At the root of the answers to these questions lies the extraordinary power of story. The world is built upon stories - stories we believe about ourselves and others, narratives about “the way things are”, and myths that define our relationship to the world around us. Many of the stories and narratives that we subconsciously believe have led us down the dark path to rising inequality, food insecurity, unprecedented levels of polarisation, and ecological instability on a planetary scale. And because it was us - humans - who collectively authored these stories, it is us who have the power to change them.
An entertaining and inspiring rallying cry, A Future Untold urges us to return to the most fundamental driver of human behaviour and culture setting – story. Drawing heavily from her experience in environmental advocacy, activism, political communications, spoken word, and the entrepreneurial sector, New Zealand National Poetry Slam champion Alina Siegfried (AKA Ali Jacs) translates the fundamentals of narrative change into authentic stories, entertaining anecdotes, new myths for humanity, and a handful of powerful poems to provide a call to action for everyday citizens who believe that we can build a better future together.
Alina Siegfried is a storyteller, narrative strategist, systems change advocate, TEDx speaker, and award-winning spoken word artist (stage alias Ali Jacs) from Wellington, New Zealand. Alina’s journey in storytelling and communications has taken her through environmental advocacy, political issues campaigning, social enterprise, crowdfunding, arts, and community development. In her role as the founding Communications Lead of New Zealand's Edmund Hillary Fellowship, she has helped bring together a global community of 500 world-leading entrepreneurs, investors, artists, and systems change leaders to develop transformative solutions to pressing global challenges. Alina lives in Wellington, New Zealand.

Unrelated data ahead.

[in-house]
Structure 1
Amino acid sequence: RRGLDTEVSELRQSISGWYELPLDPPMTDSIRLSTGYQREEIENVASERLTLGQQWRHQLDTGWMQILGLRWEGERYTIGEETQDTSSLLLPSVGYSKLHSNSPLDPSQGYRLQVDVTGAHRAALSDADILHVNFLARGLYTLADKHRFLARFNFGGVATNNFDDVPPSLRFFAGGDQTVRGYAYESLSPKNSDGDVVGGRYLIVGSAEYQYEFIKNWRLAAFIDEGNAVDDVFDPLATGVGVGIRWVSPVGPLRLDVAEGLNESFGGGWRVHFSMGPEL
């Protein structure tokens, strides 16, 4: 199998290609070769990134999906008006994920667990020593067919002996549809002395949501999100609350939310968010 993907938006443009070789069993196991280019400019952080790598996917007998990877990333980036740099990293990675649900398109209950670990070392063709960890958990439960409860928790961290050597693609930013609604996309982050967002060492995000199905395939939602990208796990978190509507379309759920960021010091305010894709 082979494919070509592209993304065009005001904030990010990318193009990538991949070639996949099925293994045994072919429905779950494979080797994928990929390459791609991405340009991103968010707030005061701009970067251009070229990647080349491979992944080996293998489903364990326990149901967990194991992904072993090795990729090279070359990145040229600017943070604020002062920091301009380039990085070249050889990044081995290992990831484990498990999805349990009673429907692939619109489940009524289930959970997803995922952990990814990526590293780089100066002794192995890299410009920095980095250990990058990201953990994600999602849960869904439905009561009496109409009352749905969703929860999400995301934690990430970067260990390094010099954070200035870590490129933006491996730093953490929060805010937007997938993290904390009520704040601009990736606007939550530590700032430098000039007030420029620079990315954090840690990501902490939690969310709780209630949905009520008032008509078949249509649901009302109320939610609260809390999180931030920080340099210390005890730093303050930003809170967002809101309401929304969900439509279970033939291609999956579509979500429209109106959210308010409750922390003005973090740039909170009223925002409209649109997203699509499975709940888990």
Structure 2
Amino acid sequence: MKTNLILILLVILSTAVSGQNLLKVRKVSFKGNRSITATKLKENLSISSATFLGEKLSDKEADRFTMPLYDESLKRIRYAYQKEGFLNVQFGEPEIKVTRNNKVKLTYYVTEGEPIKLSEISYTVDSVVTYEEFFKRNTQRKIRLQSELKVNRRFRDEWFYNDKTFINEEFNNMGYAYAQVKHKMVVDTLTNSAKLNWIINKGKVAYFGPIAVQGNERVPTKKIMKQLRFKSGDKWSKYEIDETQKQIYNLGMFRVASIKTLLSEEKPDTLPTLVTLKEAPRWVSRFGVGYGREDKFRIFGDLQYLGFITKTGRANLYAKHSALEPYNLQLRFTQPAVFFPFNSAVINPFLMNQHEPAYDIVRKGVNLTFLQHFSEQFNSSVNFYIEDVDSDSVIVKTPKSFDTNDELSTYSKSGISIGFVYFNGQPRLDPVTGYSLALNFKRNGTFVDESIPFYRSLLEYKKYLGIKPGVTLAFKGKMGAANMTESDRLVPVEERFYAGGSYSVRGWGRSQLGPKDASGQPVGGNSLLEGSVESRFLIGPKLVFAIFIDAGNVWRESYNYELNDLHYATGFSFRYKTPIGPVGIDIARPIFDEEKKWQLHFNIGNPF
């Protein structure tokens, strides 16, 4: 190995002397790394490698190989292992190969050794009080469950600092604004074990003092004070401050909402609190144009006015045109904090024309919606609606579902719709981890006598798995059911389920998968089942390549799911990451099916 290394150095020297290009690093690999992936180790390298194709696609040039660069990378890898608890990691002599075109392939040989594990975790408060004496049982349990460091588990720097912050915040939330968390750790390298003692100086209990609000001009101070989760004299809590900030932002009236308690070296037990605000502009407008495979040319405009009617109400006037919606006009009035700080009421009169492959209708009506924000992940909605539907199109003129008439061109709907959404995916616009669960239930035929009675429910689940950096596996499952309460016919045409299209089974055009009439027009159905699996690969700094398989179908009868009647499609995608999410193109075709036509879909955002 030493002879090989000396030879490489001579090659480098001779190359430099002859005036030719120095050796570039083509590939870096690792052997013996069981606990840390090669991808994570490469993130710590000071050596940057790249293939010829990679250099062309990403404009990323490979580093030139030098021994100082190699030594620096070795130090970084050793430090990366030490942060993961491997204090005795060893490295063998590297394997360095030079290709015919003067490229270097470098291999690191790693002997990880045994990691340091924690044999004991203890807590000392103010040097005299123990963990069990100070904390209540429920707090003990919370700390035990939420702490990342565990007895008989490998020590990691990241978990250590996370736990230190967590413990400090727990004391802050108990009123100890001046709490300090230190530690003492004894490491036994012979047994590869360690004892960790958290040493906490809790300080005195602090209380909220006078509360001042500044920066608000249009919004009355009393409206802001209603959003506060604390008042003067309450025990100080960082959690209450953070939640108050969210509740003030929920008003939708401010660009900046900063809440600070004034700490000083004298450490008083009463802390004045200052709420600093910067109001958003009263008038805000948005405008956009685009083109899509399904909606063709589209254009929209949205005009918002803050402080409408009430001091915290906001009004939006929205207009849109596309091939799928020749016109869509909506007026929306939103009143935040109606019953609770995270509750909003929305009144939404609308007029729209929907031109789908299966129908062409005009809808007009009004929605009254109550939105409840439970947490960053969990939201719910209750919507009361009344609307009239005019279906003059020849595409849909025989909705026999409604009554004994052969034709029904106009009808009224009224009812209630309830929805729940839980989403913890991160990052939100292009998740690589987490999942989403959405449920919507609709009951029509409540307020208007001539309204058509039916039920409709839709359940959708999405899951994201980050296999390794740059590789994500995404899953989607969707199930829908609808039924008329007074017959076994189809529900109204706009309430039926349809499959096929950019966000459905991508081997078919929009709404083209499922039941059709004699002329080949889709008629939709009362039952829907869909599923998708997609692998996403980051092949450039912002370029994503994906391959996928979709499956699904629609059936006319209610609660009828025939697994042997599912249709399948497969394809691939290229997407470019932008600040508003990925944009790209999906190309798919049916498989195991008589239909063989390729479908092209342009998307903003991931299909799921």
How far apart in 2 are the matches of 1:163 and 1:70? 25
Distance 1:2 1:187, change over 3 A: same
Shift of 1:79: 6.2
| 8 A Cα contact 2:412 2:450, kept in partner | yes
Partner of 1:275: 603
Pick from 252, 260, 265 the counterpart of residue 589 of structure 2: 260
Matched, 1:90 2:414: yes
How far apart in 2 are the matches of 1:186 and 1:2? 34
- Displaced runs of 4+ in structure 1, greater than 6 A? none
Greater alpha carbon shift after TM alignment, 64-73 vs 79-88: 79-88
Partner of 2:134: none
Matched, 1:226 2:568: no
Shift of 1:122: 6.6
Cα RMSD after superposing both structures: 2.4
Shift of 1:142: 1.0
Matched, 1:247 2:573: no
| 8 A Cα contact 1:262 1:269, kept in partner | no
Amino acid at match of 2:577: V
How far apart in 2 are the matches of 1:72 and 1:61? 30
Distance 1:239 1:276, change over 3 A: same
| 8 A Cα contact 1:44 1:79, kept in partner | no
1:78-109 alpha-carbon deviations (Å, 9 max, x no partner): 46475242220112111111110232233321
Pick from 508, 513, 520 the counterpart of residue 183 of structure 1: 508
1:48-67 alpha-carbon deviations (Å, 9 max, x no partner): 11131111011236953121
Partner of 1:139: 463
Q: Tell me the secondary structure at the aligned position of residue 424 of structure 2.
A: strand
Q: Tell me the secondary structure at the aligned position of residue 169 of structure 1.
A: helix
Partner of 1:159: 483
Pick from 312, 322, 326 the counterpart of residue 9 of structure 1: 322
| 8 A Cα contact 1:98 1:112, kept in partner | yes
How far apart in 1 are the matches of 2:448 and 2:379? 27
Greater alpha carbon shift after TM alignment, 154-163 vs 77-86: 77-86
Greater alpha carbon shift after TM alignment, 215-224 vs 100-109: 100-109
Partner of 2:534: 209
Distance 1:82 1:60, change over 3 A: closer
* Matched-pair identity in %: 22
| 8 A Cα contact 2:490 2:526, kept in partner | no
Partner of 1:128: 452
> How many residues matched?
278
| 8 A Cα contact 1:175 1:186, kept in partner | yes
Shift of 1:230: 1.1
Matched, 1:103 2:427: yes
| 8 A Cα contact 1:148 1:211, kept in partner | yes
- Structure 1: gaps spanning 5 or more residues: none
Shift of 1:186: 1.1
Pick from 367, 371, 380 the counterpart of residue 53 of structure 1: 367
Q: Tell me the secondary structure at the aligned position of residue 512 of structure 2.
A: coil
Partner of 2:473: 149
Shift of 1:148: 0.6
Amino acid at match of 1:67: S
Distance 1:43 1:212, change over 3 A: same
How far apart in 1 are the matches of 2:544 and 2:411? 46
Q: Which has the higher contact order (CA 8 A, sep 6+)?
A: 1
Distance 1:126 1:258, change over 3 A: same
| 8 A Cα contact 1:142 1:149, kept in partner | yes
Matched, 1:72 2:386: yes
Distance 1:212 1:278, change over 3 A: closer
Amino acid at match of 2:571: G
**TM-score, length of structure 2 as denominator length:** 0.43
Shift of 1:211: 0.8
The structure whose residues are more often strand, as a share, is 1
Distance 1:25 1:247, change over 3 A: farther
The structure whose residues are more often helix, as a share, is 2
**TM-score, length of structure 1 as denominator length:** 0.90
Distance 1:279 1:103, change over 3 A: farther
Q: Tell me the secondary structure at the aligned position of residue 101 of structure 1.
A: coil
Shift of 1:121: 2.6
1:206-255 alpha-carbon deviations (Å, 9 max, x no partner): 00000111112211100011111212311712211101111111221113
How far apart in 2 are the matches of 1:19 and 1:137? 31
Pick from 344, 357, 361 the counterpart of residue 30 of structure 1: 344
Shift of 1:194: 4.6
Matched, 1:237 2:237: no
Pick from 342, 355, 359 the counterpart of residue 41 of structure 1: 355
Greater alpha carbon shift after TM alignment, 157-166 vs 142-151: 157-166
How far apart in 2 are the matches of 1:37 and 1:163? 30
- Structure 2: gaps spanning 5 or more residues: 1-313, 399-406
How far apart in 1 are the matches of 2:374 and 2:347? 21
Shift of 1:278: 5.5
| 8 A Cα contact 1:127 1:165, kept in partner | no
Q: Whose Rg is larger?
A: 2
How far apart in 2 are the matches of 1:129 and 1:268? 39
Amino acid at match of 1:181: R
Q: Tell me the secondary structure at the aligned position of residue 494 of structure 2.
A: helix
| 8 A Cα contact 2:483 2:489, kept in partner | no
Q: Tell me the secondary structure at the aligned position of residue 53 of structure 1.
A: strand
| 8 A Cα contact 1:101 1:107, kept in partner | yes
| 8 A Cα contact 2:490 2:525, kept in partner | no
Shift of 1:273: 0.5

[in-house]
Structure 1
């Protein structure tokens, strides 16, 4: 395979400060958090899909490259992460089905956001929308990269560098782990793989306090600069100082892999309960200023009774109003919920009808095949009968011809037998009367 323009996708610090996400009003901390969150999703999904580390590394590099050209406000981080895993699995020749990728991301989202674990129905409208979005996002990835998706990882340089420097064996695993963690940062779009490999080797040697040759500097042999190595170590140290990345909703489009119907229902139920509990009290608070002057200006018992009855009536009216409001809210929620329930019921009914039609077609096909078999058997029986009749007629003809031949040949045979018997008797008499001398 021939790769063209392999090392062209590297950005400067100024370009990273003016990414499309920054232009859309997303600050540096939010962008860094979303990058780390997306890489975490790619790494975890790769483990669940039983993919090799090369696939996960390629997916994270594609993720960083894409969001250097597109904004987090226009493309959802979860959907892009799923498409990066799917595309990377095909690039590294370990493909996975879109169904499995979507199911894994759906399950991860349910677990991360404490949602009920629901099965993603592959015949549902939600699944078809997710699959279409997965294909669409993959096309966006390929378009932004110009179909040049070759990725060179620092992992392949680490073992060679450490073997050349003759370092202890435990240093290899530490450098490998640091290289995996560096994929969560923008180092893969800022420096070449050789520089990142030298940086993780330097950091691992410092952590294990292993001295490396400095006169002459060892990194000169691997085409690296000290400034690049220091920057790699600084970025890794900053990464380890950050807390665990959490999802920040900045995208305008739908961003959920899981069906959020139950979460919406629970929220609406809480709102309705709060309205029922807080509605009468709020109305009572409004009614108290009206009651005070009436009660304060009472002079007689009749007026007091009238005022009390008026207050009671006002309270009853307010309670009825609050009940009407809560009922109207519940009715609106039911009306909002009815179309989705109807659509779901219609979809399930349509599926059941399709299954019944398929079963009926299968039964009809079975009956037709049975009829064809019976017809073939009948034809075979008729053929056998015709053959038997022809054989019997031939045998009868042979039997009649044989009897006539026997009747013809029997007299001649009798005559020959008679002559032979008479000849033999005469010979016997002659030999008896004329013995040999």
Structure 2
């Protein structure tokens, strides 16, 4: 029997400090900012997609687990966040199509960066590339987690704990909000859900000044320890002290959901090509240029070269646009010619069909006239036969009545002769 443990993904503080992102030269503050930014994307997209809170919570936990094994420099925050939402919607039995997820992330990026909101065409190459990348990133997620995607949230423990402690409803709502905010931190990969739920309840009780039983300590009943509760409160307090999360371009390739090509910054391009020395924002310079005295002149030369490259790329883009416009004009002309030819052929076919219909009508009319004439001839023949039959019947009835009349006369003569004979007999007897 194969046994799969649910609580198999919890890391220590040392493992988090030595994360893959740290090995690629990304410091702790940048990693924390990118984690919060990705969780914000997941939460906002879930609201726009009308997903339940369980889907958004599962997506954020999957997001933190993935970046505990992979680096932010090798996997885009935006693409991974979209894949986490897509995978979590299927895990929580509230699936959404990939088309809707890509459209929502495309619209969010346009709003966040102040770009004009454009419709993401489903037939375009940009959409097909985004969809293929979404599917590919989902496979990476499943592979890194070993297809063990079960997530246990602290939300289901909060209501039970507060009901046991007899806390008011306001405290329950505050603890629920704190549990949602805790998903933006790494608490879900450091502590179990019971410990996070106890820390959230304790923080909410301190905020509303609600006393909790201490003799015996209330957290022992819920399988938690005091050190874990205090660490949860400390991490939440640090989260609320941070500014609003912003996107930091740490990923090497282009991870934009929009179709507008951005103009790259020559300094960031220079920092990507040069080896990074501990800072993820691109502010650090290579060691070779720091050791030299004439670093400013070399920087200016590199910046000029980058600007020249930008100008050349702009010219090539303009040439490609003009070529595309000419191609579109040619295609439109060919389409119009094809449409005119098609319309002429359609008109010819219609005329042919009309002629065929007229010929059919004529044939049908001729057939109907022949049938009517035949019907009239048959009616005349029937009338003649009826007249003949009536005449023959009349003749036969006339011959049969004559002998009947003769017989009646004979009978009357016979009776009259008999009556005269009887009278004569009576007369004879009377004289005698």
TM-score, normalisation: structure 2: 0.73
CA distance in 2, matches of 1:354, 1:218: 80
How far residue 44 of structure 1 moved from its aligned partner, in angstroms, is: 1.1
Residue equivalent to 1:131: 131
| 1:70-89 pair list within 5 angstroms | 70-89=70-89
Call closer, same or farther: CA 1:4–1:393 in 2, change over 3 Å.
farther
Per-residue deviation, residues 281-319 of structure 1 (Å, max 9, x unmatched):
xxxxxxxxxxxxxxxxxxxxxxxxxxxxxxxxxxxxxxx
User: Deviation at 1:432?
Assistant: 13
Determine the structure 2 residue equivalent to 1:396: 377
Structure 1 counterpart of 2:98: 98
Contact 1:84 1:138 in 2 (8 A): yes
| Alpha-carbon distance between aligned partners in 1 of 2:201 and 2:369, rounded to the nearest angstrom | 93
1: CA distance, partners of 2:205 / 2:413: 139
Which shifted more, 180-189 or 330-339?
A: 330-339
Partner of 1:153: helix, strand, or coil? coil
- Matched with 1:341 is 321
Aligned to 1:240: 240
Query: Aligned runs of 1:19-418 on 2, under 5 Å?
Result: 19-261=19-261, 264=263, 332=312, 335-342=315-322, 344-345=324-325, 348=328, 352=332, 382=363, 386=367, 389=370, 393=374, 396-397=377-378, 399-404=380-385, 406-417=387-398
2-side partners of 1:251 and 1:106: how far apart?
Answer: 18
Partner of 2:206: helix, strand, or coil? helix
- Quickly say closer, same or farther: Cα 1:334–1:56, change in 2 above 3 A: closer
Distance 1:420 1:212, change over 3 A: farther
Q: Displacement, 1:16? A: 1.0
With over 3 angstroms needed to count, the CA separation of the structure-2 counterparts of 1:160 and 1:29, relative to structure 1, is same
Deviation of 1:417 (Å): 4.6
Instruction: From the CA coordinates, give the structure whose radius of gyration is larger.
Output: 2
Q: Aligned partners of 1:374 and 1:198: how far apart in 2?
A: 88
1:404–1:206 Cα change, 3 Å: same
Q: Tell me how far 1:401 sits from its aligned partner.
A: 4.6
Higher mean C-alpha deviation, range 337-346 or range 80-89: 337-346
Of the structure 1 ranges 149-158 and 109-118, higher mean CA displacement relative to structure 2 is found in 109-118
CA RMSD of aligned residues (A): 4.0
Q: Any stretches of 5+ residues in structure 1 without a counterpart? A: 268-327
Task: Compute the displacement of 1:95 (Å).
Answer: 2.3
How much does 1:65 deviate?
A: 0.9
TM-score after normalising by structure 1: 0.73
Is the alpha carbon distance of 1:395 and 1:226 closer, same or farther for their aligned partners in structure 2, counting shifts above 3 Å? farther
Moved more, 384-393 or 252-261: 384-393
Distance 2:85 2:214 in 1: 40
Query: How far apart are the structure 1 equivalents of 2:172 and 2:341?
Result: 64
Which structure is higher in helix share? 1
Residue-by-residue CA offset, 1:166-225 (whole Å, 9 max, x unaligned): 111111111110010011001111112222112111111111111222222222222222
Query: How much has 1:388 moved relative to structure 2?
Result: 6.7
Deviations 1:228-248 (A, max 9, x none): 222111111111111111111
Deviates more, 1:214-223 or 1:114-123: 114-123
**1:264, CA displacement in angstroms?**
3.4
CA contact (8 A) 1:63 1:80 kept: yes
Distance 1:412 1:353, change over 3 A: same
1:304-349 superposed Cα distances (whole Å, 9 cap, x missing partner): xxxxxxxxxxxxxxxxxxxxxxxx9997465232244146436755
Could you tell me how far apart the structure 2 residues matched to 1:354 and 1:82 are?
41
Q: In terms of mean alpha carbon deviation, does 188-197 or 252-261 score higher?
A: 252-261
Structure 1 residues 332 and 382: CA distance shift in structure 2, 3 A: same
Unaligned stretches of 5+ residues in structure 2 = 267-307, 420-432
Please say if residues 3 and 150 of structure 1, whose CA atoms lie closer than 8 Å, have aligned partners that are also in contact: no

Rockström is an internationally recognized scientist for his work on global sustainability issues. He helped lead the internationally renowned team of scientists that presented the planetary boundaries framework, first published in 2009, with an update in 2015. The nine planetary boundaries presented in the framework are argued to be fundamental in maintaining a “safe operating space for humanity.” This framework has been embraced as an approach to sustainable development, and has been used to help guide governments, international organizations, NGOs, and companies considering sustainable development.
Before focusing on the planetary scale, Rockström’s research aimed to address building resilience in water scarce regions, and is an expert on water resources. After completing a PhD at Stockholm University’s Systems Ecology Department in 1997, he spent nearly two decades working on applied water research in tropical regions. He has also published research on with agriculture systems, land use, and ecosystem services.